Halloween has already passed, but zombies are always in season.

Trinity alumnus Jeff Strain ‘91 embraced this when he founded Undead Labs, a Seattle-based game development studio. The studio released its first video game, “State of Decay,” on the Xbox Live Arcade on June 5, 2013. As early as September, the game had already exceeded one million downloads.

Q: What was your inspiration for “State of Decay,” and why did you choose to go into this genre with so many other zombie concepts out there right now?

A: When we first announced that our game was going to have zombies in it, there was a lot of eye-rolling. However, zombies seem to have persistence. The genre lasts year after year.

We didn’t feel like any game out there had really captured that long-term survival, almost “buddy movie” kind of epic where you’re thrown together with people you don’t know who you have to work together with to survive long-term. That was our primary goal going into this because we really wanted to capture that.

Q: What makes “State of Decay” unique and different from other zombie games?

A: I think the fact that it’s a simulation rather than an action-combat game. Certainly there’s lots of combat in “State of Decay,” but it’s the depth of the simulation behind it. The fact that nothing is scripted and everything is driven by a simulation and creature artificial intelligence makes this game special. I think the big departure is that we’ve built it to be a realistic simulation rather than a scripted adventure.

Q: How long is the campaign of the game? Is there a re-playability factor to it?

A: I think if you set about to just rush through all of the story content and get to the “end of the game” as fast as you can, it’s probably going to take you about 12-15 hours. We see people restarting the game after they play it because they want to just indulge in the simulation, and we know that a lot of our hardcore fans have put several hundred hours into the game at this point.

We’re releasing downloadable content in the next couple of weeks called “Breakdown” which is designed to take the simulation of the game and just make a pure sandbox experience out of it. In other words, there’s not a beginning, middle and end to the story. Instead, it’s just a survival test to see how long you can stay alive.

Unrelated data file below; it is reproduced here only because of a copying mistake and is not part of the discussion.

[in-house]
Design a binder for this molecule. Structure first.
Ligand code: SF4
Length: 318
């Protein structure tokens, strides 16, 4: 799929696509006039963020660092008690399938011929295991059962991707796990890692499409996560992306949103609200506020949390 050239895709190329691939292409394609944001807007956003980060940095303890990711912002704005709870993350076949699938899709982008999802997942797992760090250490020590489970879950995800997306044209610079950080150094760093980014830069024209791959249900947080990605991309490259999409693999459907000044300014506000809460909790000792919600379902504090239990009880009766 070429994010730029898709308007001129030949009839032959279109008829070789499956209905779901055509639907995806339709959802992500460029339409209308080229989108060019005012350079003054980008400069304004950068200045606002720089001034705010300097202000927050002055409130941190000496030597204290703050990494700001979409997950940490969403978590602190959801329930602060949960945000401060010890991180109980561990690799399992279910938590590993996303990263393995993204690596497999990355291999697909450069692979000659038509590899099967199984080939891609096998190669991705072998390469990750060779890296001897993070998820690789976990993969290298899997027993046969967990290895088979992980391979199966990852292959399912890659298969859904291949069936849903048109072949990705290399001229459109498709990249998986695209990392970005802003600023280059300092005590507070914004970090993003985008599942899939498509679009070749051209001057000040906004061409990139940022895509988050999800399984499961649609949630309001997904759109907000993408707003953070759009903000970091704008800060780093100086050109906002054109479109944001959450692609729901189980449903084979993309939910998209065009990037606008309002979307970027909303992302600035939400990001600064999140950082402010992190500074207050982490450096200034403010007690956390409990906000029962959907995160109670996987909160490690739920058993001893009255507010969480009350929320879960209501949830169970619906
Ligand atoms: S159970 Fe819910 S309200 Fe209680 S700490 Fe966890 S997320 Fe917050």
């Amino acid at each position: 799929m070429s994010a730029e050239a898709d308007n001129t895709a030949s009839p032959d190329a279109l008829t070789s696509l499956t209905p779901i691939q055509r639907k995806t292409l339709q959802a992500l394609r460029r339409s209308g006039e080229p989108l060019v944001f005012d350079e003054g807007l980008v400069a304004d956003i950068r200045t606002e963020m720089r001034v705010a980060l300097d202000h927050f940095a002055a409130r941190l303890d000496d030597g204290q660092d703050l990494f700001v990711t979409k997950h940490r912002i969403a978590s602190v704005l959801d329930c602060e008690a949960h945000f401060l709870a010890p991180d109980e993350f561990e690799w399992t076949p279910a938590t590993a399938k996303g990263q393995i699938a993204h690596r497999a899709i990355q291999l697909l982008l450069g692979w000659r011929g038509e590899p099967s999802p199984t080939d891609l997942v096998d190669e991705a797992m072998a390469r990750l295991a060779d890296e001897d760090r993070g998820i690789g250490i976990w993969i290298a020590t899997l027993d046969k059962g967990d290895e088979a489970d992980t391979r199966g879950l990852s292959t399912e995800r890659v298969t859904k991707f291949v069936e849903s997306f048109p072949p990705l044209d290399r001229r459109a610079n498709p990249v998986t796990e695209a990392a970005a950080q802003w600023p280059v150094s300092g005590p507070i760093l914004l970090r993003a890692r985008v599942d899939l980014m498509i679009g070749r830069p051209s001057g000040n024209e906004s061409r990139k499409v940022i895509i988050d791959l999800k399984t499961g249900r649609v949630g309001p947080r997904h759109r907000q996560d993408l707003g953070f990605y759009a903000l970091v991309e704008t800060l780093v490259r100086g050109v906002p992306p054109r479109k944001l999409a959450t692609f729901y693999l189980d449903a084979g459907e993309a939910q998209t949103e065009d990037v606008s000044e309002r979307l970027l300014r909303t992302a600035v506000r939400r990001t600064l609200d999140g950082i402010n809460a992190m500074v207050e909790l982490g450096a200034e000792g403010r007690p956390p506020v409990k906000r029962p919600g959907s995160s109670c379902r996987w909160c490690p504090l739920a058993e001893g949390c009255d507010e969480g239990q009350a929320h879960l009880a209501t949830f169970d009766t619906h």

Q: Is there a multiplayer component in the game?

A: No, “State of Decay” is a truly single-player experience, but in a future incarnation of the game, which is very much under discussion right now, will be built from the ground up around the multiplayer experience.

Q: How would you describe the zombies in the game?

A: You’re actually asking me a very religious question. Die-hard zombie fans have incredibly strong feelings about slow zombies versus fast zombies. Our goal here was to make a fun game. Anytime you’re building a game, that has to be your central purpose. If you really step back and look at it, having a mix of both gives you a strong tool in your tool chest to create diversity.

Most of the zombies you’ll encounter in the game are relatively slow. They are peppered in with faster zombies. We kind of informally refer to them as “fresher zombies.” You can just imagine that they’ve died more recently than the slow ones, but they, too, slow down over time.

Q: We know that there are encounters with the undead, but what about interactions with the living?

A: One of the interesting things about the zombie genre is often zombies aren’t the biggest threat. It’s your fellow survivors. The people you interact with in “State of Decay” aren’t always happy, supportive people. Most of all, they’re looking out for themselves.

We built it to where you build trust with these characters. Once you earn trust with them, you can give them missions. When you ask people to do something for you, you’re spending influence. Influence is kind of the currency of the game. If you are not able to meet the needs of your group, they’ll start leaving, and sometimes they do it in nasty ways like taking all of your food or ammunition with them. They might even shoot someone in your group in the head before they leave.

Q: Do you think there was anything that can be improved upon in the game?

A: Initially the game had a substantial offline progress model where there was some level of world progression even when you weren’t playing. We did that because we want time to really matter in the world. It’s cool that you can leave the game to go eat dinner and come back to find the building you assigned people to construct is finished. What’s not cool is when you come back to find that half of your group has left because they were hungry. At this point, we’ve updated the game to where there’s no offline progress.